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Over 55s report rise in investment cold calls

Over 55s report rise in investment cold calls

People over 55 have reported an increase in cold calls from unregulated investment firms since the introduction of pension freedoms last year, according to research conducted by the Financial Conduct Authority (FCA).

As part of its anti-scam work, the regulator asked 2,301 people over 55 about their experience with cold callers and unregulated investment firms.

It found that over the last year, 32% of those they asked had seen a sharp rise in the volume of unsolicited calls offering them investments over the last year. People who were contacted by these firms saw a 40% increase in unsolicited calls.

The research raises concerns about how potential scammers are targeting people’s pension savings following the introduction of pension freedoms last April.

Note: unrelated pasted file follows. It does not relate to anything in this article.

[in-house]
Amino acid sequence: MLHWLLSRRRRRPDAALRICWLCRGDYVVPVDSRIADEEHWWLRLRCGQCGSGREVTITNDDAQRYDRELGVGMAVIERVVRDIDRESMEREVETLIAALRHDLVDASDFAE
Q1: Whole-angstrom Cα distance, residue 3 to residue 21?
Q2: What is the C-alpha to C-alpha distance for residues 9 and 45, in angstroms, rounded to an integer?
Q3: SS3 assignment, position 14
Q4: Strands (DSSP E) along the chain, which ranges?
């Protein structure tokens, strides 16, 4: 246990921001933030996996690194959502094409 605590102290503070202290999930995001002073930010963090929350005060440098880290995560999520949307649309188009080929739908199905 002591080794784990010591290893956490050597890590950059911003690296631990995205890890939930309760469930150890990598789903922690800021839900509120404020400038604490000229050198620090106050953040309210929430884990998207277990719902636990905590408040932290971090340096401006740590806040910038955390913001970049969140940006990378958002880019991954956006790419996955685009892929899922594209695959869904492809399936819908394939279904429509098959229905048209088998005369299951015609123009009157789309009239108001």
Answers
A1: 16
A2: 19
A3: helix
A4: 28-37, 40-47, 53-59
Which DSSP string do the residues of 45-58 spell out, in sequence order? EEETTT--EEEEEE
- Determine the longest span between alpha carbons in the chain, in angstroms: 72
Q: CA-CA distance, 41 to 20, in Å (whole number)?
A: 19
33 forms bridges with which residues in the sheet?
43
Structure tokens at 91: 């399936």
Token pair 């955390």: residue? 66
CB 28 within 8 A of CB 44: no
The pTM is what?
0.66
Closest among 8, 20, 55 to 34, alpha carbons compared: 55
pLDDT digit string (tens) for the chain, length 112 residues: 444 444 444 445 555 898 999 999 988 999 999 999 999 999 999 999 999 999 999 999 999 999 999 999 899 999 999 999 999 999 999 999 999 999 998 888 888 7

Earlier this year charity Citizens Advice warned advisers to avoid using so-called introducer firms which make unsolicited calls.

In February, the FCA told New Model Adviser® it was ‘looking into the activities of unauthorised pension introducer firms’ after concerns were raised about how these firms contacted potential clients.

According to the FCA 47% of those who have experienced investment fraud were first contacted by cold callers.

Risky returns

The study published today by the FCA said over 55s are looking to invest in less mainstream investment products due to low interest rates, and 27% of over 55s falling victim to investment fraud were scammed via an unauthorised firm selling unregulated products such as wine, diamonds and land.

Only half of those investing in unregulated products through unauthorised firms sought professional advice or checked investor information such as the FCA’s warning list.

'If you are contacted out of the blue about an investment opportunity that sounds too good to be true then it probably is,’ FCA director of enforcement Mark Steward said. ‘We would urge you to be sceptical.’

Over 65s with savings in excess of £10,000 were found to be a particularly at risk group, as they were three and a half times as likely to fall victim to investment fraud compared with the wider population.

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